Whatever you think of the framework to prevent Iran’s nuclear arms ambitions, it could be worse. Anyway you look at it, western nations have three possible options: 1 – Negotiate the best deal possible with Iran. 2 – Continue to allow Iran to develop its nuclear capabilities despite our sanctions. 3 – Declare war.
There are no others.
That said, let’s look at the options individually. A new war in the Middle East would result in a complete and utter disaster. It would not only spread the conflict between the Sunnis and Shiites. It would make the US the enemy of both for the foreseeable future. International terrorism would expand. And the cost to the US in blood and treasure would dwarf that of the Iraq and Afghan wars combined.
If we abandon the framework and impose new, stricter sanctions on Iran, it is a virtual certainty that Iran will have nuclear weapons within a few years and the sanctions will have hardened Iran’s attitudes against the West. The result will be a nuclear-armed nation that is stridently anti-American.
By contrast, the negotiated framework allows international inspections of Iran’s nuclear facilities and, at worst, will delay the creation of a nuclear bomb for at least ten years. In the meantime, the easing of sanctions will likely soften anti-American sentiment by the Iranian populace – many of whom want closer relations with the US. Moreover, we’ll have opened dialogue with the Iranian government and people showing that we can work in cooperation despite our differences.
Given the possible options, the US and Iran have only one real choice: Give peace a chance. Don’t let the same war-mongering politicians who led us into Iraq on false pretenses convince you otherwise.
In 1986, Soviet President Mikhail Gorbachev asked for a meeting with President Ronald Reagan. When they met in October of that year, Gorbachev surprised Reagan by offering what may have been the greatest gift in history. He proposed a realistic path that would lead to total nuclear disarmament. It would have resulted in the mutual destruction of all nuclear warheads over a period of 10 years and the elimination of all such weapons worldwide. It called for ongoing inspections to make certain that such weapons would never exist again. And it would have forever removed the very real threat of the annihilation of our species.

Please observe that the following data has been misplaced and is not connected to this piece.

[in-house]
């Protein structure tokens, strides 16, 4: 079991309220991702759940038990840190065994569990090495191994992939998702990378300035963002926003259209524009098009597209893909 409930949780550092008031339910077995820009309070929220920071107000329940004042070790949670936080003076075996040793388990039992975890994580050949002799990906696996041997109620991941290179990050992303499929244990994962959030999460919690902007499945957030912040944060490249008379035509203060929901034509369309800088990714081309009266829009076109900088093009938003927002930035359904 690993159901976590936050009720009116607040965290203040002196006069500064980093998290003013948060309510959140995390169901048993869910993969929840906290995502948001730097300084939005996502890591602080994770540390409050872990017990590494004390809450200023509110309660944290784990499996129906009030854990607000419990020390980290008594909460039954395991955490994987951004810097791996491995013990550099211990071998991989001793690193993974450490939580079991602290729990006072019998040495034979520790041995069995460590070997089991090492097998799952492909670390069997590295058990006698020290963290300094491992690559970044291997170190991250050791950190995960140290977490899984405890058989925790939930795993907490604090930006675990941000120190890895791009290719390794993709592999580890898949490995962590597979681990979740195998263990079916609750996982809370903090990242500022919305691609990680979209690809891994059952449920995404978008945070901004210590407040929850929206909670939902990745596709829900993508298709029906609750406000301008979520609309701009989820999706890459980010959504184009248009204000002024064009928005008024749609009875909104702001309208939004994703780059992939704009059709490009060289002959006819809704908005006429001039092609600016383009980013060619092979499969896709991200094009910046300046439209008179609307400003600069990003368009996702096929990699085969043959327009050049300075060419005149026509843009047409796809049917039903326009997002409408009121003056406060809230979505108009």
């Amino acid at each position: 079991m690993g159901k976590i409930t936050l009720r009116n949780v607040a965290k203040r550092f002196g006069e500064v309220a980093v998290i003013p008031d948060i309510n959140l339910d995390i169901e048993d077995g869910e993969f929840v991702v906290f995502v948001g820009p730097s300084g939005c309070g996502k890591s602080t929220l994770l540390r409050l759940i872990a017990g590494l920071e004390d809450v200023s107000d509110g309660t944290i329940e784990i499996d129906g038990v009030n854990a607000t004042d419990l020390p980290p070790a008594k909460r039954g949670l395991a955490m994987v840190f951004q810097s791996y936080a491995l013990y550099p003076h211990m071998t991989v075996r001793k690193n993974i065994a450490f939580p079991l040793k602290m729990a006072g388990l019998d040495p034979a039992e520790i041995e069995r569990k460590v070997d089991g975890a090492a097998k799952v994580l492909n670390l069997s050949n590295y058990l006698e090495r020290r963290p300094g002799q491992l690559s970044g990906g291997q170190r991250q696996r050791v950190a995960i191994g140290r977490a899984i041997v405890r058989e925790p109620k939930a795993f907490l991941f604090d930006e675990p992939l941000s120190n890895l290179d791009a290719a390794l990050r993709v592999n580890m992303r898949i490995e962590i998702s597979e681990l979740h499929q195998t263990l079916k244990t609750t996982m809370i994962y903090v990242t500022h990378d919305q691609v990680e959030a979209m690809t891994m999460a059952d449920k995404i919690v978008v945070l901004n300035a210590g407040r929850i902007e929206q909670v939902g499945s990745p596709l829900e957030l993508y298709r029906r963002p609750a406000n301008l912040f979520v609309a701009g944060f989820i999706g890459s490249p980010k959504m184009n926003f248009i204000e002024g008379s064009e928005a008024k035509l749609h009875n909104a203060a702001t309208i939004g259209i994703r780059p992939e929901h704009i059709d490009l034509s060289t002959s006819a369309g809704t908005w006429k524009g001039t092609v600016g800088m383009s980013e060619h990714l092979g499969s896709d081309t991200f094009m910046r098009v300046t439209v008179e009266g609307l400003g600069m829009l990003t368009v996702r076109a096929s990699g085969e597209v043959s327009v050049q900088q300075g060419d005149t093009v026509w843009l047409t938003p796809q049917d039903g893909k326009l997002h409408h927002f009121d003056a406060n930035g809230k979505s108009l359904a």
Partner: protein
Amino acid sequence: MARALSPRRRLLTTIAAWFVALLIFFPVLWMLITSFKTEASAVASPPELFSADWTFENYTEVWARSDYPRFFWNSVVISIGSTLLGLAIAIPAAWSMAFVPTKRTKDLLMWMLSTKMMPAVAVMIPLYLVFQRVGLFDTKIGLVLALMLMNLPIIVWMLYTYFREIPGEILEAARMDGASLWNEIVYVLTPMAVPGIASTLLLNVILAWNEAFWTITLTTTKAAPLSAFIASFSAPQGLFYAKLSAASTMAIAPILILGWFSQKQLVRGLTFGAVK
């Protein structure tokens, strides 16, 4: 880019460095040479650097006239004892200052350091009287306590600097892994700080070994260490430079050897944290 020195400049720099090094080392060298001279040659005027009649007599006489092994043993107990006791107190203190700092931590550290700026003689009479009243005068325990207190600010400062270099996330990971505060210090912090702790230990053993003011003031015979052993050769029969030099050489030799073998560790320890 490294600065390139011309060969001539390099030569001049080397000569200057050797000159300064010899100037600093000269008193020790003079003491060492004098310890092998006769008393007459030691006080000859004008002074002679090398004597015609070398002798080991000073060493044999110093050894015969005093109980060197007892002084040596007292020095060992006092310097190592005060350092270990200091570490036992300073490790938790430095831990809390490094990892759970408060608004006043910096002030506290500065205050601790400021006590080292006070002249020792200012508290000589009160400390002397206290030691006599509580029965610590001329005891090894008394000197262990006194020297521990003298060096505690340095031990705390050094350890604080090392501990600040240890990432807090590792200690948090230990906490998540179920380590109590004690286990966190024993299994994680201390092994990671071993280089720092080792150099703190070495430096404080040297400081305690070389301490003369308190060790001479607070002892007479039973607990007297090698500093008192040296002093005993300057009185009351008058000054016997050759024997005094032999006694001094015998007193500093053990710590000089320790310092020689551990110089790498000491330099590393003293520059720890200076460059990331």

The offer was no trick. No attempt to gain military advantage over the United States. It was a sincere attempt to end the madness of the Cold War.
There was only one condition – that the US would agree to limit the testing of Reagan’s pet project, the Strategic Defense Initiative otherwise known as the “Star Wars” defense system. The US would be allowed to continue to develop SDI, but testing would be limited to laboratories and it could not be deployed. This was not an onerous condition since the project was still in the early days of development. It likely would never have been ready for deployment within the 10 year period. And after nuclear disarmament, it would no longer have been needed anyway.
Of course, Reagan refused.
Reagan’s neocon advisers, especially Richard Perle, convinced Reagan that Gorbachev was asking too much. They felt that restricting SDI to laboratory testing would not be accepted by the conservatives back home. They demanded atmospheric testing. As a result, we missed the best chance to rid the world of nuclear weapons in a lifetime – maybe forever. So the next time you hear someone like George W. Bush trying to create fear by pointing to the threat of nuclear weapons, remember who is truly responsible for the continuing threat.
Reagan is the man who was credited with ending the Cold War, but the real credit belongs to Gorbachev. It’s thanks to Reagan that we still live under the threat of nuclear weapons and the very real chance that they might fall into the hands of someone crazy enough to use them.